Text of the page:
Munich, situated in the south of Germany, is the capital of the German Free State of Bavaria. With a population of 1.3 million people, it is the third-largest city of Germany, after Berlin and Hamburg. The city is the centre of an urban region with about 2.4 million inhabitants.
The city is located on the river Isar about 50 km north of the northern edge of the Alps. As capital of Bavaria, Munich is an important political centre in Germany and the seat of the Bavarian Landtag (the state parliament), the Staatskanzlei (the state chancellery) and of all Bavarian state departments.
Settlement in the Munich area dates back to Roman times, but the city's official birth date is 1158 when Guelph duke Henry the Lion founded the city next to a settlement of Benedictine monks, called Munichen. Munich was officially granted city status and fortified in 1175. In 1255 it was chosen as the residence of the Wittelsbach family, the dukes of Bavaria who dominated the city right up to the 20th century. The salt-trading monopoly laid the foundations for a wealthy trading city and in 1506 Munich became the capital of the whole of Bavaria. Until the end of the 15th century life in Munich was shaped by the bourgeoisie, however with the Age of Absolutism this situation changed fundamentally. During the 16th century Munich was a centre of the German counter- reformation and the arts and politics became increasingly influenced by the court and Munich’s evolution was increasingly dominated by the Bavarian rulers who made the city into the administrative centre of entire Bavaria. Bavaria emerged from the Napoleonic Wars as the largest German state in central Europe, having been granted the status of a kingdom (1806). Centralisation of the state administration of Munich brought new inhabitants and new functions to the growing city. From that time onwards the design of its urban architecture embodied and enhanced the prestige of the entire kingdom.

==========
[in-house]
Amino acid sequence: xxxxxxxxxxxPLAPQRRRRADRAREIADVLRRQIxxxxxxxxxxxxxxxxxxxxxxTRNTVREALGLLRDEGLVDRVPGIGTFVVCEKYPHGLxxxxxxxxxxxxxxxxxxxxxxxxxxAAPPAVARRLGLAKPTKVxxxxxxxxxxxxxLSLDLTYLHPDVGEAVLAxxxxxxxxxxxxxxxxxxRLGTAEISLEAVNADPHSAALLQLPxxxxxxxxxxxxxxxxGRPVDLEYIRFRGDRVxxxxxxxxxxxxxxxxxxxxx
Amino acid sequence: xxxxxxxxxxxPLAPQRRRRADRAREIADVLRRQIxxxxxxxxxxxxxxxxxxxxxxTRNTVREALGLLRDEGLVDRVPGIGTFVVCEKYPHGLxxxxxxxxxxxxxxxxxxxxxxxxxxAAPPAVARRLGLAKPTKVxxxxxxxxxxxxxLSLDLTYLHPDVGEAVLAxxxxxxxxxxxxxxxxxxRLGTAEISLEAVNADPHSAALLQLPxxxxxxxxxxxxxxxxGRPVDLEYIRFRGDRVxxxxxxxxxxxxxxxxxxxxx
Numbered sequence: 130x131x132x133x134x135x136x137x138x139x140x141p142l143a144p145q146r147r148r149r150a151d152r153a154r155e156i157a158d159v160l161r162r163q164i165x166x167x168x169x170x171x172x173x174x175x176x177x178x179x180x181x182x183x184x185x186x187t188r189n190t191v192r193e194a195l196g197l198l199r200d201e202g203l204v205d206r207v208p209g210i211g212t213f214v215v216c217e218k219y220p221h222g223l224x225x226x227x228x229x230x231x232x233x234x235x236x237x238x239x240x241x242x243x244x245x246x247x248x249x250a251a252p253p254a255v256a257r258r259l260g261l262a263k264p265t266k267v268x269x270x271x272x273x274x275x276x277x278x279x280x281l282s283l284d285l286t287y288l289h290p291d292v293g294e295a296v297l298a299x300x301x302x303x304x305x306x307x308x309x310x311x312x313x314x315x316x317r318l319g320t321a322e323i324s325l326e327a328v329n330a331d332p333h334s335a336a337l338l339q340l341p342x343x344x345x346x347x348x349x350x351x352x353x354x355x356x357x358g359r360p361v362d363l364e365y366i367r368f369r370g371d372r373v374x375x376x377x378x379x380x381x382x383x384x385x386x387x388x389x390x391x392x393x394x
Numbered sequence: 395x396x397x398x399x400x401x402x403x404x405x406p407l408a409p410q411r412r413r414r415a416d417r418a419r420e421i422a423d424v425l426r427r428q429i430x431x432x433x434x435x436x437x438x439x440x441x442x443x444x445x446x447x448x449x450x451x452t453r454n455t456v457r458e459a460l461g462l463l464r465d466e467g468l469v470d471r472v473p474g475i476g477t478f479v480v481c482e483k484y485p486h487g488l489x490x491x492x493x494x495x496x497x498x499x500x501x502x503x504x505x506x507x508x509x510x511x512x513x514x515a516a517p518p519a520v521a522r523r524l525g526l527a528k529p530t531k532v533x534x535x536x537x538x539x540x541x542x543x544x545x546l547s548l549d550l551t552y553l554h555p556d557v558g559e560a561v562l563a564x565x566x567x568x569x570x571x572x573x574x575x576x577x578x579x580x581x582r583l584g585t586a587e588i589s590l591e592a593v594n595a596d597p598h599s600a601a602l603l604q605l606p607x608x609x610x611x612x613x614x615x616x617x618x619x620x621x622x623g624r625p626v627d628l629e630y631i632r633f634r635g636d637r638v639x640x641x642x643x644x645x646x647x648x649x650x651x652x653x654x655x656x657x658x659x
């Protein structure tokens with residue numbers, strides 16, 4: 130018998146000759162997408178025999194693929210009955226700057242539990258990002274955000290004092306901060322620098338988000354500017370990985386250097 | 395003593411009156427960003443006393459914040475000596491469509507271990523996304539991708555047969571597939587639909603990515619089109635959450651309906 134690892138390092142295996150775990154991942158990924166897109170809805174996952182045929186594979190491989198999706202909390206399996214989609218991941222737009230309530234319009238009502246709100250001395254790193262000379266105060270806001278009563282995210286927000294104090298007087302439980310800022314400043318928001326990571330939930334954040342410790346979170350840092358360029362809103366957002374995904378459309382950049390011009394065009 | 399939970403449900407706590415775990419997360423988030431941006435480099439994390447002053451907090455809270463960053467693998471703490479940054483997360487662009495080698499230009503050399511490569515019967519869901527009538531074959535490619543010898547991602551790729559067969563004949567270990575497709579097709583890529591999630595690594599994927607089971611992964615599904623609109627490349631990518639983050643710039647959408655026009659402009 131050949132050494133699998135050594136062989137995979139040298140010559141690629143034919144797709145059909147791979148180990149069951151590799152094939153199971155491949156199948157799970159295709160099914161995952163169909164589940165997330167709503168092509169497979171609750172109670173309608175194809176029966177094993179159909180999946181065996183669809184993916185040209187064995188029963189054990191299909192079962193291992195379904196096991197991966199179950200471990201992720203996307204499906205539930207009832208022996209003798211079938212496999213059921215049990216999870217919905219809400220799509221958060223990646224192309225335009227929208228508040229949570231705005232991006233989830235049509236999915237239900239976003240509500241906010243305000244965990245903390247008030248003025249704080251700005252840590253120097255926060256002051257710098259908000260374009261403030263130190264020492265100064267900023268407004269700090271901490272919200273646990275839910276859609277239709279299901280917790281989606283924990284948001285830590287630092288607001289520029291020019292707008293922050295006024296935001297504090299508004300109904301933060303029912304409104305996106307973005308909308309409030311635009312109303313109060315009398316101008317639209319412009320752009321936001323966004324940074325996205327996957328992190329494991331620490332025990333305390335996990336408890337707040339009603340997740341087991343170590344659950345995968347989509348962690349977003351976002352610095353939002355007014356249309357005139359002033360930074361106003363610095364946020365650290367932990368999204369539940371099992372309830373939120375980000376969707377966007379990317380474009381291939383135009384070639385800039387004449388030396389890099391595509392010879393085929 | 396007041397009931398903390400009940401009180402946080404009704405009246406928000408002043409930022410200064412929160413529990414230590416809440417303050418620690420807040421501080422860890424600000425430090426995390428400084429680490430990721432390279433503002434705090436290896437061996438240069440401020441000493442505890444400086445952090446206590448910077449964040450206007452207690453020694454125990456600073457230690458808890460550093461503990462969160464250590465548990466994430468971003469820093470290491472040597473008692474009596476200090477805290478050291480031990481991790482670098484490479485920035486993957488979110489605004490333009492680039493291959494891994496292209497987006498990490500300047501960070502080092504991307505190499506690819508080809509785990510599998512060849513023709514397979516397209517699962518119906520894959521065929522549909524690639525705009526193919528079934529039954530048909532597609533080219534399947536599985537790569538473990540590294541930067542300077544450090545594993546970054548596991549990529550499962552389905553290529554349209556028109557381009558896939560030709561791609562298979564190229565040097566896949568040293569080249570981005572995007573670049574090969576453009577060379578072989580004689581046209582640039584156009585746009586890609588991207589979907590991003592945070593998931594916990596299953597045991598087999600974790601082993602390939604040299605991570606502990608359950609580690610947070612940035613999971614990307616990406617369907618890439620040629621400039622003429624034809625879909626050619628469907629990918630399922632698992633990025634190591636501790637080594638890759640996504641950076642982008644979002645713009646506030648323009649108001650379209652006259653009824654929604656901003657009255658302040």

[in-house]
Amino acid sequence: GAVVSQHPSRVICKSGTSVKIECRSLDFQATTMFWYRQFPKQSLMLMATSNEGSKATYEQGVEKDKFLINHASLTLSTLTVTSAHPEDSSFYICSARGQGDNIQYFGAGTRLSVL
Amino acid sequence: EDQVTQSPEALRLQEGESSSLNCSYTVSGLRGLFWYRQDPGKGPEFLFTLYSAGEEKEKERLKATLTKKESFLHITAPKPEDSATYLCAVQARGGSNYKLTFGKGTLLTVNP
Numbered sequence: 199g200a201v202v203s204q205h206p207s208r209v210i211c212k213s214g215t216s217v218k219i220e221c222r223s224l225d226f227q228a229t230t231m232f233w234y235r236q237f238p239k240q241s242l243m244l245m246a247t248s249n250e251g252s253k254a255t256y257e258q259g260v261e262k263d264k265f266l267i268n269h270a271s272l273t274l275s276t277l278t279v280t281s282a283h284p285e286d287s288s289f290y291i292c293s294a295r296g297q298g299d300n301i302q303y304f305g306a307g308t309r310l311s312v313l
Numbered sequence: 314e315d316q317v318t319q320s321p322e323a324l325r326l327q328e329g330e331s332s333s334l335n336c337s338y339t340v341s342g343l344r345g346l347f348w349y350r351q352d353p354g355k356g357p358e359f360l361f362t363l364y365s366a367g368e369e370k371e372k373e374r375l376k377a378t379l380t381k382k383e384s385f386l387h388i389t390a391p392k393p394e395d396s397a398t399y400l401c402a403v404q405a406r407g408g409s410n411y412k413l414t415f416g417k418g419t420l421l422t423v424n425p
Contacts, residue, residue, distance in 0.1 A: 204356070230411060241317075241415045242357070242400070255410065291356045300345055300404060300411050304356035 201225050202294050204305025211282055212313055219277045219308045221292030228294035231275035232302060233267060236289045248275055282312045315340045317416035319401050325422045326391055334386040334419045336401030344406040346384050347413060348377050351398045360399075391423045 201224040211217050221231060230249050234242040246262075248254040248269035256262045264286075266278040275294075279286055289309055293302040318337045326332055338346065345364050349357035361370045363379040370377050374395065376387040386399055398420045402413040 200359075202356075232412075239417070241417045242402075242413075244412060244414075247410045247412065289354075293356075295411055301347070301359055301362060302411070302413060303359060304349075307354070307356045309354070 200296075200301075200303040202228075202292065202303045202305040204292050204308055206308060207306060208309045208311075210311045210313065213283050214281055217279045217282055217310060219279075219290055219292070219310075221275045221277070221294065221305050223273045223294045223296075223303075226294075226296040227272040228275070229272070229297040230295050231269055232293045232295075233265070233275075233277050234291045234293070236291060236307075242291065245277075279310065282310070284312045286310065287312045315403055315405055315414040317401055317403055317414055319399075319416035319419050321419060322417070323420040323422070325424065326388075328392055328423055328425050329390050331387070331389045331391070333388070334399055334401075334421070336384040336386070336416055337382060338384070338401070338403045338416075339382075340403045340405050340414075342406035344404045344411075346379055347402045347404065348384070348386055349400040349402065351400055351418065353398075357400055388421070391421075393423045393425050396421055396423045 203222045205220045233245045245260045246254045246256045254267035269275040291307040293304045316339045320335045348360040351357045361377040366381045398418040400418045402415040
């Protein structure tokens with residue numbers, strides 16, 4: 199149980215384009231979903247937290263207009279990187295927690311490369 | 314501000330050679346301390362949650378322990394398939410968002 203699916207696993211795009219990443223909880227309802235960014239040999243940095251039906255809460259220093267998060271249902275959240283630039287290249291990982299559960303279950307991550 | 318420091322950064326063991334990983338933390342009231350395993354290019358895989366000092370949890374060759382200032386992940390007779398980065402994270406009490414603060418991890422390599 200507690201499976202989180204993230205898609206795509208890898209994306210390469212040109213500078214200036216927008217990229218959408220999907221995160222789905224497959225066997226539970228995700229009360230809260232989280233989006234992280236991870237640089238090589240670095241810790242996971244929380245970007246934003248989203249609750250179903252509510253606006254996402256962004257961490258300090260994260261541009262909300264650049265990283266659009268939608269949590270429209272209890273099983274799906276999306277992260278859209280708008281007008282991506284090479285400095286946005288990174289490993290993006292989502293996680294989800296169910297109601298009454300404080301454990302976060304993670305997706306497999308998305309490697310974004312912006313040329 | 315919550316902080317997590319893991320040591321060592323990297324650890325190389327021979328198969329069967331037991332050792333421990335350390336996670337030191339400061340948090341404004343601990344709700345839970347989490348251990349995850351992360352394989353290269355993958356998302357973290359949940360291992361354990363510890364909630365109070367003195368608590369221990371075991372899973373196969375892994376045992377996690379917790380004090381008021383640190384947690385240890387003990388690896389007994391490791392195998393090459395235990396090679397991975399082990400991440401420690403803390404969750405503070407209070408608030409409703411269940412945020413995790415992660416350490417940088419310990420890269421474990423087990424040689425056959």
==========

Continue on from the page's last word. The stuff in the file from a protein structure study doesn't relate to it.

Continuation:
Things really took off in the 19th century: Under the kings Ludwig I (1825–48), Maximilian II (1848–64), and Ludwig II (1864–86), Munich became a cultural and artistic centre, and it played a leading role in the development of 19th- and 20th-century German painting.
Many of the city's finest buildings belong to this period: These neoclassical buildings include those on the magnificent Ludwigstraße and the Königsplatz, built by the architects Leo von Klenze and Friedrich von Gärtner. Under King Maximilian II the Maximilianstraße which has developed into one of the most expensive and exclusive shopping miles of Europe was constructed in Perpendicular style.